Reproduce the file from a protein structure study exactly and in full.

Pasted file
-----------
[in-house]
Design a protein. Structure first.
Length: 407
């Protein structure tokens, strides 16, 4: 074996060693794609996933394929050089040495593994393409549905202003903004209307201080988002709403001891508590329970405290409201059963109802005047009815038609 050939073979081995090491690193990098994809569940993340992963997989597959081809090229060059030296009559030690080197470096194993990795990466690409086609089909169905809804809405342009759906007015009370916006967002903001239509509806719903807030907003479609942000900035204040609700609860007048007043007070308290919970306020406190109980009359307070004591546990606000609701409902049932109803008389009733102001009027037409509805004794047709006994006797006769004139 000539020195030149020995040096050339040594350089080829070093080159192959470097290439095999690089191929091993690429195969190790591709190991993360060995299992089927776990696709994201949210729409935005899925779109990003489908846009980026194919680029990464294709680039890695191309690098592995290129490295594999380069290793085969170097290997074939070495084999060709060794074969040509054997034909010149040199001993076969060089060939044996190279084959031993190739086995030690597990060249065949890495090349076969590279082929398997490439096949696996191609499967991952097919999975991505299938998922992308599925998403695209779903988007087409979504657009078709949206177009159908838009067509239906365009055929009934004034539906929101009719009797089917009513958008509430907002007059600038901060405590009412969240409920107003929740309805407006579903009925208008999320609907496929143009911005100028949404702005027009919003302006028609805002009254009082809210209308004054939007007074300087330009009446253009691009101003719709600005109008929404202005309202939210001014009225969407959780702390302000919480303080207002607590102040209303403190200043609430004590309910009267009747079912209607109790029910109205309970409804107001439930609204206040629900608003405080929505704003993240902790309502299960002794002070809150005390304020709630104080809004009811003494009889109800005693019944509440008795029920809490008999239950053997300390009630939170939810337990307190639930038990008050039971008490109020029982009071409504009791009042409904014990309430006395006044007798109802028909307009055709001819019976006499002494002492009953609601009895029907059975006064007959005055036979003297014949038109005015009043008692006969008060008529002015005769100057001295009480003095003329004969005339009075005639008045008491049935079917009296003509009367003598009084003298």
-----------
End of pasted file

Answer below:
[in-house]
Design a protein. Structure first.
Length: 407
């Protein structure tokens, strides 16, 4: 074996060693794609996933394929050089040495593994393409549905202003903004209307201080988002709403001891508590329970405290409201059963109802005047009815038609 050939073979081995090491690193990098994809569940993340992963997989597959081809090229060059030296009559030690080197470096194993990795990466690409086609089909169905809804809405342009759906007015009370916006967002903001239509509806719903807030907003479609942000900035204040609700609860007048007043007070308290919970306020406190109980009359307070004591546990606000609701409902049932109803008389009733102001009027037409509805004794047709006994006797006769004139 000539020195030149020995040096050339040594350089080829070093080159192959470097290439095999690089191929091993690429195969190790591709190991993360060995299992089927776990696709994201949210729409935005899925779109990003489908846009980026194919680029990464294709680039890695191309690098592995290129490295594999380069290793085969170097290997074939070495084999060709060794074969040509054997034909010149040199001993076969060089060939044996190279084959031993190739086995030690597990060249065949890495090349076969590279082929398997490439096949696996191609499967991952097919999975991505299938998922992308599925998403695209779903988007087409979504657009078709949206177009159908838009067509239906365009055929009934004034539906929101009719009797089917009513958008509430907002007059600038901060405590009412969240409920107003929740309805407006579903009925208008999320609907496929143009911005100028949404702005027009919003302006028609805002009254009082809210209308004054939007007074300087330009009446253009691009101003719709600005109008929404202005309202939210001014009225969407959780702390302000919480303080207002607590102040209303403190200043609430004590309910009267009747079912209607109790029910109205309970409804107001439930609204206040629900608003405080929505704003993240902790309502299960002794002070809150005390304020709630104080809004009811003494009889109800005693019944509440008795029920809490008999239950053997300390009630939170939810337990307190639930038990008050039971008490109020029982009071409504009791009042409904014990309430006395006044007798109802028909307009055709001819019976006499002494002492009953609601009895029907059975006064007959005055036979003297014949038109005015009043008692006969008060008529002015005769100057001295009480003095003329004969005339009075005639008045008491049935079917009296003509009367003598009084003298």